The London sewer's Crossness and Abbey Mills pumping stations

Solving the Great Stink: London's Gorgeous Victorian Sewage Cathedrals

Solving the Great Stink: London's Gorgeous Victorian Sewage Cathedrals

Atlas Obscura
Your Guide to the World's Hidden Wonders
Sept. 8 2014 12:18 PM

Solving the Great Stink: London's Gorgeous Victorian Sewage Cathedrals

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Crossness Pumping Station, the Cathedral on the Marsh that helped save London from the Great Stink.

Photo: Amanda Slater/Creative Commons

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The night men of Victorian London had it rough. Tasked with hauling away "night soil"—human waste—under the cover of darkness, night men ventured into the city's 200,000 cesspits armed with only buckets, rope, and the desire to make money at any cost.

Between midnight and 5 a.m., night men climbed down into the pits of human effluvia, filled their buckets, and hauled the waste into carts. It was dangerous, disgusting work: beyond the appalling stench and hard physical labor, night men risked death by asphyxiation due to the overpowering gases and fumes.

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A cartoon by John Leech addressing the Great Stink in the July 3, 1858 issue of the London satire magazine Punch. The three figures emerging from the river represent diphtheria, scropula (a condition involving enlargement of the lymph nodes on the neck), and cholera.
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Prior to the installation of the sewer system, London was a city of overflowing cesspits that drained into a putrid Thames. Cholera ran rampant and the air was a miasma of human waste smells, slaughterhouse run-off, and factory emissions.

Conditions were particularly noxious during the summer of 1858, a time known as The Great Stink. The smell of the sewage-filled Thames was so horrid that it affected operations at the Houses of Parliament. A transcript from parliamentary proceedings on June 11, 1858 notes that "Gentlemen sitting in the Committee Rooms and in the Library were utterly unable to remain there in consequence of the stench which arose from the river." In an attempt to mask the smell, the parliamentary curtains were soaked in chloride of lime. But the distracting odor remained.

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The Prince of Wales and a gaggle of gentlemen start the sewer pumps at Crossness Pumping Station in 1865.

Clearly, something had to be done. The solution came in the form of a sewer system designed by Joseph Bazalgette, chief engineer of the Metropolitan Board of Works. Construction on six intercepting sewers—which diverted waste from the city to a Thames estuary downstream—began in 1859.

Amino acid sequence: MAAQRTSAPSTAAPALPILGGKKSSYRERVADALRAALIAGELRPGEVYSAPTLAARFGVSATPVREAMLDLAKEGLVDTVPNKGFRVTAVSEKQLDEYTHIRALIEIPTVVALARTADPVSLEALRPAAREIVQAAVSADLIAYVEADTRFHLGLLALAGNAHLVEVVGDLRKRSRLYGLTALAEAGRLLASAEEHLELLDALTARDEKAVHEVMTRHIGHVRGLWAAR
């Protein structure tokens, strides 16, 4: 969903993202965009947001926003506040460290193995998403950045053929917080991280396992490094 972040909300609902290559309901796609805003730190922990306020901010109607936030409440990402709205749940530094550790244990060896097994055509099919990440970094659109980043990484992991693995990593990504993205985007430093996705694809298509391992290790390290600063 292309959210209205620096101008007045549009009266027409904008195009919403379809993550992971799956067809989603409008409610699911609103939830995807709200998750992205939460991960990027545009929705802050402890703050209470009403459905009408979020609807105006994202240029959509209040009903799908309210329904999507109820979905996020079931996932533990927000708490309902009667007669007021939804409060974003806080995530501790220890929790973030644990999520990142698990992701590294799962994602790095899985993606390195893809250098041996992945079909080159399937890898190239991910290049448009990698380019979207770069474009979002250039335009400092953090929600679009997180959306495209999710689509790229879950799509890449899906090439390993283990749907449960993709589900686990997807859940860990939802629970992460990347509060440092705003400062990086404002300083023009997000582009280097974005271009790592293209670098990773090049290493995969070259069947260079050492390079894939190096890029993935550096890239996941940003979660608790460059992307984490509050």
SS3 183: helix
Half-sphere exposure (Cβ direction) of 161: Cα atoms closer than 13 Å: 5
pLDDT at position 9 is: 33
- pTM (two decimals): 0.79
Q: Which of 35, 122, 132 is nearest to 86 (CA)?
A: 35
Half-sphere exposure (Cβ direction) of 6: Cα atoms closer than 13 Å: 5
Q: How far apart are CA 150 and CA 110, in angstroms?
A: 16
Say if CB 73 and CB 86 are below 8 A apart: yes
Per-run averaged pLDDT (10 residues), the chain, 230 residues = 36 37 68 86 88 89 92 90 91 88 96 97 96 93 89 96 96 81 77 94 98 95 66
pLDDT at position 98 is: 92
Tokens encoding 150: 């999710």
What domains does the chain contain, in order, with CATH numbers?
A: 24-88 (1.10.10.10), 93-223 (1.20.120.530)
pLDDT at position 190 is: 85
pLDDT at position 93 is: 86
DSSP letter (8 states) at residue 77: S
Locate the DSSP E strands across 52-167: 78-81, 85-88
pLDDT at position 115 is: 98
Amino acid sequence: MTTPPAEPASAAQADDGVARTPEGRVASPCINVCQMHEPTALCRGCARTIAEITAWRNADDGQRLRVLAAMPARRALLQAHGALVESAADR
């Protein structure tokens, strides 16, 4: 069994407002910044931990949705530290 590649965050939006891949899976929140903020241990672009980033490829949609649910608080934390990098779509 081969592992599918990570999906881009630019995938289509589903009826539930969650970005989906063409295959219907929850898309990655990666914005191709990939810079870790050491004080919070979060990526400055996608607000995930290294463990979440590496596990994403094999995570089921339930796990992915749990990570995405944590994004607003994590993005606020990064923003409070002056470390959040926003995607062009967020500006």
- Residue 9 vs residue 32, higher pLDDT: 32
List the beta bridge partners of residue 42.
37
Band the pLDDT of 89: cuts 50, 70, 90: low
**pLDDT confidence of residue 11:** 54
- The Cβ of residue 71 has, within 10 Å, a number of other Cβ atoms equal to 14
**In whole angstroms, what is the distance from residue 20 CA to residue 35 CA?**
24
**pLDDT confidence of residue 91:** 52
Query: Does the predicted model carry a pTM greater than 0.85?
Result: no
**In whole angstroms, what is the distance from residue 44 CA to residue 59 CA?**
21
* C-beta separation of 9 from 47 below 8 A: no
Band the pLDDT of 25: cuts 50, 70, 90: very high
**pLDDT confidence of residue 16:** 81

Among the most beautiful components of the new sewer system were the pumping stations at Crossness and Abbey Mills. Designed in Byzantine style with hints of Moorish influence, these ornate cathedrals of waste held steam pumps surrounded by red-brick arches, octagonal cupolas, shiny brass handrails, wrought-iron detailing, and elegant "MBW" monograms—for the Metropolitan Board of Works. At Crossness, the steam pumps were named Victoria, Prince Consort, Albert Edward, and Alexandra, after members of the British royal family.

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The Crossness and Abbey Mills pumping stations have been superseded by more advanced systems, but the ornate Victorian buildings remain. Crossness station, located on the south bank in the borough of Bexley, has been restored and is available for hire—the official website recommends you consider it as a location for product launches, viral videos, and Shakespearean theater productions. The Abbey Mills pumping station, situated on the north bank near West Ham, is generally closed to the public, but Thames Water occasionally conducts tours as part of city open house programs.   

Visit Atlas Obscura for more on the Crossness and Abbey Mills pumping stations.

abbeymills
Abbey Mills Pumping Station, completed in 1868.

Photo: Ian Wright/Creative Commons

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The "Prince Consort" steam engine, named after Queen Victoria's husband Albert.

Photo: Steve Cadman/Creative Commons

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The octagonal domed ceiling of Abbey Mills Pumping Station.

Photo: Matt Brown/Creative Commons

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The C Station Pump House at Abbey Mills.

Photo: Msemmett/Creative Commons

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A section of the London sewer at Fleet River near Farringdon.

Photo: sub-urban.com/Creative Commons

Ella Morton is a writer working on The Atlas Obscura, a book about global wonders, curiosities, and esoterica adapted from Atlas Obscura. Follow her on Twitter.